Peter Weir

Peter Weir Biography:


Date of Birth: August 21, 1944

An average but uninterested student, Australian Peter Weir dropped out of university and traveled to Europe. When he returned to Australia he landed a job as a stagehand and managed to work his way into writing, acting and directing. In 1971 he made his feature film directorial/writing debut with Three to Go (writing and directing the “Michael” segment) and Homesdale. He then went to London for six months on a study grant, where he wrote The Cat That Ate Paris, which would go on to become his first internationally distributed picture. His next film, Picnic at Hanging Rock (1975), would not only get international distribution, but worldwide acclaim. Based on a true story, it told of private-school girls who mysteriously disappear in the Australian outback. The Last Wave (1977) starred Richard Chamberlain and was nominated for several Australian Film Institute awards. Weir was asked in 1979 to direct the ABC TV mini-series The Thorn Birds but he turned it down, saying the script was too melodramatic. Gallipoli (1981) starred the hot young Australian actor Mel Gibson, and won seven AFI awards (including Best Director for Weir and Best Actor for Gibson), as well as a Golden Globe nomination for Best Foreign Film. Weir teamed up again with Gibson for The Year of Living Dangerously (1983), which earned 13 AFI nominations, and won an Oscar® for Best Supporting Actress (Linda Hunt, playing a man).

Weir went to the States to direct his first American film – the blockbuster Witness (1985), starring Harrison Ford. The film was nominated for numerous awards around the world, including eight Academy Awards® (among them Weir’s first Oscar® nomation as Best Director), seven BAFTA Awards and six Golden Globes. Weir re-teamed with Harrison Ford for The Mosquito Coast (1986). Dead Poets Society (1989) was a huge success at the box office and earned Weir his second Best Director Oscar® nomination. He earned his third Oscar® nomination, this time for Best Screenplay, for his next film, Green Card (1990), starring Gérard Depardieu. Fearless (1993), starring Jeff Bridges as a man whose life is changed after he survives a plane crash, was considered one of Weir’s best films by some critics, but it didn’t do very well at the box office. However, The Truman Show (1998), starring Jim Carrey, about a man who unknowingly is the star of a reality television show, made over US$125 million domestically, winning an ASCAP Film award as a Top Box Office Film. In addition, Weir received the David Lean Award for Direction at the BAFTA awards and his fourth Academy Award® nomination.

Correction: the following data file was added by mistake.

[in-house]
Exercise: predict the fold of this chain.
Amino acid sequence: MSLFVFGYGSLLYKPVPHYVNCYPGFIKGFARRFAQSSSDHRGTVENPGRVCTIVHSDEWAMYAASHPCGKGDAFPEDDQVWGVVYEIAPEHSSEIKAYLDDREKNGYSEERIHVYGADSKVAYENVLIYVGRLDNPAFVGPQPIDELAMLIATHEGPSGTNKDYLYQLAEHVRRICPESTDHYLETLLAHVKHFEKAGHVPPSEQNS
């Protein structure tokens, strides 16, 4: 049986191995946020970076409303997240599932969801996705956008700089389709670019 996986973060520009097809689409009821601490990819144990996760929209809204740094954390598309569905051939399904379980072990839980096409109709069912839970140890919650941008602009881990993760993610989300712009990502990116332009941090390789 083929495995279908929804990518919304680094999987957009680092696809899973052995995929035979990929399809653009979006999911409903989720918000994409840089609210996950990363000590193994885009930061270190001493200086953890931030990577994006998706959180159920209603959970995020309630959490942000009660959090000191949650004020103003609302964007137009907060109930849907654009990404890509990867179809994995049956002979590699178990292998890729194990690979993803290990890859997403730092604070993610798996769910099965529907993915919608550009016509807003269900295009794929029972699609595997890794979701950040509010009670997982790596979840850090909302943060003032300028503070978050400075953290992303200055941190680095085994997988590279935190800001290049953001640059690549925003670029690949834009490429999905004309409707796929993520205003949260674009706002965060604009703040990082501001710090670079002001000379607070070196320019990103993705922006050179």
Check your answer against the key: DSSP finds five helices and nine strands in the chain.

After a break, Weir returned with Master and Commander: The Far Side of the World (2003), starring fellow Aussie Russell Crowe. Weir not only directed and produced, but wrote the screenplay based on the novels by Patrick O’Brian. The film was nominated for an astounding 10 awards at the 2004 Academy Awards, including a Best Director nod for Weir.

Weir lives in a rustic home overlooking Pitt Water Sound in Australia's Palm Beach north of Sydney and has been married to production designer Wendy Stites since 1966.


War Magician (2004)
Master and Commander: The Far Side of the World (2003)
The Truman Show (1998)
Fearless (1993)
Green Card (1990)
Dead Poets Society (1989)
The Mosquito Coast (1986)
Witness (1985)
The Year of Living Dangerously (1982)
Gallipoli (1981)
The Last Wave (1977)
Picnic at Hanging Rock (1975)
The Cars That Ate Paris (1974)
Homesdale (1971)
Three to Go (1971)

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